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Related: gothic architecture - grotesque - Middle Ages

Gargoyle decorating the Cathedral de Notre Dame (1163- 1345) in Paris, France.


Gargoyles, or gurgoyles (from the French gargouille, originally the throat or gullet, cf. Latin gurgulio, gula, and similar words derived from root gar, to swallow, the word representing the gurgling sound of water; Ital. doccia di grande; Ger. Ausguss), in architecture, the carved termination to a spout which conveys away the water from the gutters. Gargoyles are mostly grotesque figures. The term is applied more especially to medieval work, but throughout all ages some means of throwing the water off the roofs, when not conveyed in gutters, has been adopted, and in Egypt there are gargoyles to eject the water used in the washing of the sacred vessels which would seem to have been done on the flat roofs of the temples. In Greek temples, the water from the roof passed through the mouths of lions whose heads were carved or modelled in the marble or terra cotta cymatium of the cornice. At Pompeii large numbers of terra cotta gargoyles have been found which were modelled in the shape of various animals. Gargoyle-like are popular sales items and have featured in several fantasy novels, such as the Discworld series. --http://en.wikipedia.org/wiki/Gargoyle [2004]

Gargoyles and gothic architecture

During the Renaissance period in Europe, medieval architecture had been retrospectively labeled "gothic", considered barbaric in contrast to trends in architecture during the Renaissance. Gothic medieval architecture often had dark and intimidating aspects, with depictions of gargoyles and other demon-like forms. By the 1700s, people became fascinated with medieval gothic ruins (even building fake ruins), and they became a perfect setting for horror fiction. --http://en.wikipedia.org/wiki/Goth#Etymology:_ancient_Goths_and_medieval_architecture [Feb 2005]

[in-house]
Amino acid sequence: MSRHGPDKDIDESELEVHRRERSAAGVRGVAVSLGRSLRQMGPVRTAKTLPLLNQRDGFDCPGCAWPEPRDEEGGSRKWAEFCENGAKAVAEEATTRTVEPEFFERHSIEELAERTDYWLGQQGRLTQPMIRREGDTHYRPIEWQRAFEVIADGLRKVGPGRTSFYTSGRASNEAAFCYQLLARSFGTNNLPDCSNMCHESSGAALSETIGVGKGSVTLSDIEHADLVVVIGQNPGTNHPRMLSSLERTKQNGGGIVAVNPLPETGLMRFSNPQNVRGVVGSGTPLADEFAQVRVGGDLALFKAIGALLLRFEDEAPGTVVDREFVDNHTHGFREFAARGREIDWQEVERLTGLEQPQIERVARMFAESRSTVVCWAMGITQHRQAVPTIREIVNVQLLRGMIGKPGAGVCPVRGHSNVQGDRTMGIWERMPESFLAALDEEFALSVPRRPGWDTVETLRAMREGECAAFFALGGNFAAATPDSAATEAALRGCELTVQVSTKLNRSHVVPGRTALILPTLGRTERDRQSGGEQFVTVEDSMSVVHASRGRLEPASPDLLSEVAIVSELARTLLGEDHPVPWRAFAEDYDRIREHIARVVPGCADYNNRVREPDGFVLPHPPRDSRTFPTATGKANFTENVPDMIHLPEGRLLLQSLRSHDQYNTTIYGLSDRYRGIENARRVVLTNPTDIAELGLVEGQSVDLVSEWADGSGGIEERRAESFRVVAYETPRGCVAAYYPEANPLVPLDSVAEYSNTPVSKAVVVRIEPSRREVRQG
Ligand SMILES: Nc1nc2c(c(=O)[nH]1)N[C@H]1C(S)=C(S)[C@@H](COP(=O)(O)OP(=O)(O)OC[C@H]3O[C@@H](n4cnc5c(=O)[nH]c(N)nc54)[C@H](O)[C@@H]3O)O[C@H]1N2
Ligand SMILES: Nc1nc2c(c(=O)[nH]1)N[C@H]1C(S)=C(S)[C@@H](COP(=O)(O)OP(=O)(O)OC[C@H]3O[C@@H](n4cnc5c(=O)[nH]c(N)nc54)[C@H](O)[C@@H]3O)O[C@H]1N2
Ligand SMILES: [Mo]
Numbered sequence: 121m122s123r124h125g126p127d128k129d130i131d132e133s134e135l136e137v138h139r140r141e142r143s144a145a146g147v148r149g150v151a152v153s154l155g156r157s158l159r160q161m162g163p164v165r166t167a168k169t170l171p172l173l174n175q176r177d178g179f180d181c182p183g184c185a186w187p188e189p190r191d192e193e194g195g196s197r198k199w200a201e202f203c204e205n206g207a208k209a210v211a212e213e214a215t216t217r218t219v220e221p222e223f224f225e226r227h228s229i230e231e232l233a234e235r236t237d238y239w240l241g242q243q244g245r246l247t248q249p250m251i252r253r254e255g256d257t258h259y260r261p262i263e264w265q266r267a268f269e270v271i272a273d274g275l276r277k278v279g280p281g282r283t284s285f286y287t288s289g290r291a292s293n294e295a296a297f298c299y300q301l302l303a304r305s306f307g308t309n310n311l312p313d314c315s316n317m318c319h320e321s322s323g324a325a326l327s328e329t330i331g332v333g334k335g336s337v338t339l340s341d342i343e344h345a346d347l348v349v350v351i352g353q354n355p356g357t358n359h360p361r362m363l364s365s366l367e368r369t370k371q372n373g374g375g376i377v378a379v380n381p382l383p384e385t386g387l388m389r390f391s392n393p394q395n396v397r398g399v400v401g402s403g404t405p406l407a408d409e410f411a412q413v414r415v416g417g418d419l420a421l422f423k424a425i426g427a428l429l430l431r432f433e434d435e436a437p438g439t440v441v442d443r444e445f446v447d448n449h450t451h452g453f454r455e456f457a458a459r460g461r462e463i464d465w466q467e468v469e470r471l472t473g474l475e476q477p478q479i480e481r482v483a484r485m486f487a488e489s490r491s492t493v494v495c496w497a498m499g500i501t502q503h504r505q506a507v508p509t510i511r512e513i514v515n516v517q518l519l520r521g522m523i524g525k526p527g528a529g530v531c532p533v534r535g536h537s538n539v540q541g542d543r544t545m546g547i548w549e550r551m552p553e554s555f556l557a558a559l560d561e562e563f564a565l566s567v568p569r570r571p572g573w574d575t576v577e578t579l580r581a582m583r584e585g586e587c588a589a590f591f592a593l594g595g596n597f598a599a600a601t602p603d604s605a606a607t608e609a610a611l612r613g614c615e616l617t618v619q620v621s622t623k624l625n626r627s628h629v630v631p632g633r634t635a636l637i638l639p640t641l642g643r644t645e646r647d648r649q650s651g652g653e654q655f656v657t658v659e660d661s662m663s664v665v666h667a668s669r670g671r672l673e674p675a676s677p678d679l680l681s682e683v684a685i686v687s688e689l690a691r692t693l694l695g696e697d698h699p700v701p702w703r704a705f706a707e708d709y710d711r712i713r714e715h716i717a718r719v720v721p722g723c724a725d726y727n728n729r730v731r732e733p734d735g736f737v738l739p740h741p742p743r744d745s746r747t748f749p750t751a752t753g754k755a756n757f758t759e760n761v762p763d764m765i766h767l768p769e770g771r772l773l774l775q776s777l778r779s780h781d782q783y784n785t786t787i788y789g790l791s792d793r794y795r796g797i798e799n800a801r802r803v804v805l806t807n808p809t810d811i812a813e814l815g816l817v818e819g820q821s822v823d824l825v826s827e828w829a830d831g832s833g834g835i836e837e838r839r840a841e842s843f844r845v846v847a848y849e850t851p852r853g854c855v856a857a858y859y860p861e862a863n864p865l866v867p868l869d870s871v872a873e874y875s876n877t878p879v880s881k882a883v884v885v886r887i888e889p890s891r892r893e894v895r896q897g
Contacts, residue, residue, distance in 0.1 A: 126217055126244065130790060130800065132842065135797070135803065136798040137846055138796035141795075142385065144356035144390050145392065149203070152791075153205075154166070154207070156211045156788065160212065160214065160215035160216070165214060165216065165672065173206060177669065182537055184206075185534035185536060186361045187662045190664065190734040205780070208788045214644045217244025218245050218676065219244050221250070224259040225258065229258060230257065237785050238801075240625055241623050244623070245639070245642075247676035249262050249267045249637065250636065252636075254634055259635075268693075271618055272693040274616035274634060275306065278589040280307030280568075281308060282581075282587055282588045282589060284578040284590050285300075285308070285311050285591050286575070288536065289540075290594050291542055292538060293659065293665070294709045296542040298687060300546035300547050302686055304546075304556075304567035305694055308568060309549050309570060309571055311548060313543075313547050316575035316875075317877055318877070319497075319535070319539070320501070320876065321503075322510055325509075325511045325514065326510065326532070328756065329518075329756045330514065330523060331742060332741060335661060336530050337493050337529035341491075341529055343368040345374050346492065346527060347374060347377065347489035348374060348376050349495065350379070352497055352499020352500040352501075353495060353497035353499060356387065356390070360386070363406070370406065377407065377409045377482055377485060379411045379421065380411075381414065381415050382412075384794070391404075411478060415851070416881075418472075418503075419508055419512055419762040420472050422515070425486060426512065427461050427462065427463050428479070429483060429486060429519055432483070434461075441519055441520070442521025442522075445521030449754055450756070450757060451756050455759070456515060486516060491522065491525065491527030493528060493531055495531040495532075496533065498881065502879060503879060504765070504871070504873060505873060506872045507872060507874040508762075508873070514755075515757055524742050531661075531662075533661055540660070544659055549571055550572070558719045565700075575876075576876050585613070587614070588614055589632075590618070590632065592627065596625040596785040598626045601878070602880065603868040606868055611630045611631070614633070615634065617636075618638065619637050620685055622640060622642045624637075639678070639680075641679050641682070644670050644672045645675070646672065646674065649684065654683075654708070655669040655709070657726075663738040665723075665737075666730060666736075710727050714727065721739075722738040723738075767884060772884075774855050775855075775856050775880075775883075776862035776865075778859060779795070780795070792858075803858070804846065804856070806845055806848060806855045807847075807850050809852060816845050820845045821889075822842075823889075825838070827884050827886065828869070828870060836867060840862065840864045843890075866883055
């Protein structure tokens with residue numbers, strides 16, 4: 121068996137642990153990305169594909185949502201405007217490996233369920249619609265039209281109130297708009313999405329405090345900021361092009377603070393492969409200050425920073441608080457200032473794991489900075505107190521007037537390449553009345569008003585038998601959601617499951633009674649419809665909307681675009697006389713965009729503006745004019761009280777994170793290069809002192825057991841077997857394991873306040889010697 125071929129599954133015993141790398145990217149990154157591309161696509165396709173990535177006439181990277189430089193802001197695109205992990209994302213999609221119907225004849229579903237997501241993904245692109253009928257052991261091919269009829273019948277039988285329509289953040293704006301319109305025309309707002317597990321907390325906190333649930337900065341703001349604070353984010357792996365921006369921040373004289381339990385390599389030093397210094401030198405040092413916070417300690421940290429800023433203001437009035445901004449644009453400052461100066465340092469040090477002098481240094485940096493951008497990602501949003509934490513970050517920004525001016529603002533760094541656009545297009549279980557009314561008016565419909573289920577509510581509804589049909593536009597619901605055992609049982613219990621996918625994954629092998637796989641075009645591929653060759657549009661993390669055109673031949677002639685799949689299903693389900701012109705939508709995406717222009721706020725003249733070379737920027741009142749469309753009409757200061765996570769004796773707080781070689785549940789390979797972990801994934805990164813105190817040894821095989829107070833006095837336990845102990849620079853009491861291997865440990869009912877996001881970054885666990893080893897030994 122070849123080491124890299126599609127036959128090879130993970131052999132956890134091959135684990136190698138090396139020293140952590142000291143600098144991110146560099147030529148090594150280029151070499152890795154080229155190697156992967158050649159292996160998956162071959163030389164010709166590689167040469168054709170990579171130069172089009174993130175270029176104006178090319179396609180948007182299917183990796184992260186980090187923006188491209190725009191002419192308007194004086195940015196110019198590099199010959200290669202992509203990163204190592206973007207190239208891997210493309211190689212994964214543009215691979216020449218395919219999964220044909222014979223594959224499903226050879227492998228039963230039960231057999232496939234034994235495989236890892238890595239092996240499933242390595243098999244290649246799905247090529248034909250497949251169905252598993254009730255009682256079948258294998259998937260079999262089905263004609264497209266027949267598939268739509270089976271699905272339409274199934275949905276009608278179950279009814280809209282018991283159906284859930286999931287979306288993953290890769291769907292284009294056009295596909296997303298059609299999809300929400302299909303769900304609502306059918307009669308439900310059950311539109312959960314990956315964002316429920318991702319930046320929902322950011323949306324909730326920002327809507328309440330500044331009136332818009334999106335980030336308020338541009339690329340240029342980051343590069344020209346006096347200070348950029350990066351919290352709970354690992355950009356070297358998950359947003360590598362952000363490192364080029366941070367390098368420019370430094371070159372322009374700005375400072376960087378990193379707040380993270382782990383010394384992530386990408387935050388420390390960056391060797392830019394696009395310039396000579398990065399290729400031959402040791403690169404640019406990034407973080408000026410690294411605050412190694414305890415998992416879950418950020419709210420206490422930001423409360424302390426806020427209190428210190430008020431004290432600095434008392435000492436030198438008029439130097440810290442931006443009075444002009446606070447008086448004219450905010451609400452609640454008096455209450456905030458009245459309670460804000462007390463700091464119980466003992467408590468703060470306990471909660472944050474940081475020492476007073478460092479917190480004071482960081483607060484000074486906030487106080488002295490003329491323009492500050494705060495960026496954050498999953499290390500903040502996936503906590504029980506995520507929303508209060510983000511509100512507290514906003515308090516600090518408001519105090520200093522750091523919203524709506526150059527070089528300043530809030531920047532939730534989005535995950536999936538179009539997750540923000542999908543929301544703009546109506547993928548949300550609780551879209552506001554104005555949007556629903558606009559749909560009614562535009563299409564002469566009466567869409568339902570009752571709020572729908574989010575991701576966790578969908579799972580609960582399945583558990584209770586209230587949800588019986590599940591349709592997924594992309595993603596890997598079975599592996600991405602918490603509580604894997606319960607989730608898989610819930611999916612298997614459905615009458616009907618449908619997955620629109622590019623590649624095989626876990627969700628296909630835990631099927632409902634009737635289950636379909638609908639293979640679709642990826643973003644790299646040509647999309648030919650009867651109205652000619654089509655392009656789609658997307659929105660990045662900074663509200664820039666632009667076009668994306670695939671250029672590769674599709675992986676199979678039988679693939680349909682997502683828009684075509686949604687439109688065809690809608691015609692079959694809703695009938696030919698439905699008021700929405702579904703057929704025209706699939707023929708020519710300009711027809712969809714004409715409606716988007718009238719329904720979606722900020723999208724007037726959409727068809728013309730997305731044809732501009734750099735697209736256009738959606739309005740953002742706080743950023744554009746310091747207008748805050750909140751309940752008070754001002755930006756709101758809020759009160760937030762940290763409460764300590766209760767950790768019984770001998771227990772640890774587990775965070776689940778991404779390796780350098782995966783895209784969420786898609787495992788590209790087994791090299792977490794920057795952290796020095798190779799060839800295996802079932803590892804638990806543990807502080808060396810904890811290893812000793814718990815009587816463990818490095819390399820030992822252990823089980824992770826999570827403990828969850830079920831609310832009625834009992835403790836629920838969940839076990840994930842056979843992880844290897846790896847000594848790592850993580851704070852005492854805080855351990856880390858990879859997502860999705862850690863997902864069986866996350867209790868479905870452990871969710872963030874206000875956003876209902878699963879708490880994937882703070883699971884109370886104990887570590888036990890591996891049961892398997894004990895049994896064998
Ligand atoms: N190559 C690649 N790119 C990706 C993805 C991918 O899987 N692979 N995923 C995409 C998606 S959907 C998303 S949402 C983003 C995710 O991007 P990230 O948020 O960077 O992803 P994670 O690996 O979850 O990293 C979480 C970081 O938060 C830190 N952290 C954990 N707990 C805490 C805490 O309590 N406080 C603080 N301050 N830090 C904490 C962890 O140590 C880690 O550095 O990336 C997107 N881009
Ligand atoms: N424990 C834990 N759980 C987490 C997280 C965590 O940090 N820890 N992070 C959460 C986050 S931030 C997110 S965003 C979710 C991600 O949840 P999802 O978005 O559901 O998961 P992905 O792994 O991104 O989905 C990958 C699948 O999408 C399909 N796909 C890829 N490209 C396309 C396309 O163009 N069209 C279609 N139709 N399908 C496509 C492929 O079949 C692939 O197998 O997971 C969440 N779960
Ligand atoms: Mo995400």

Holy Terrors: Gargoyles on Medieval Buildings (1997) - Janetta Rebold Benton

Holy Terrors: Gargoyles on Medieval Buildings (1997) - Janetta Rebold Benton [Amazon.com] [FR] [DE] [UK]

Almost every tourist who has ever climbed to the top of the North Tower of Notre-Dame de Paris has taken a photo of his or her companion leaning over the balustrade between two gargoyles (technically 'chimeras'), and surveying the streets below. It's the ultimate gargoyle photo-op. I'm surprised this author was able to photograph the gargoyles without a tourist leaning between them. I was only slightly disappointed to learn from this book that much of the stonework on this tower is nineteenth-century restoration by Eugène Viollet-le-Duc, "started in 1845 to repair damage done to the cathedral during the Revolution." However, he did attempt to use molds of the originals. [...] --E. A. Lovitt via Amazon.com

Mooning gargoyle

Mooning gargoyle

Gargoyle mooning another building, Frieburg, GER, photographed by macg.stiegler on 4/9/2004, image sourced here.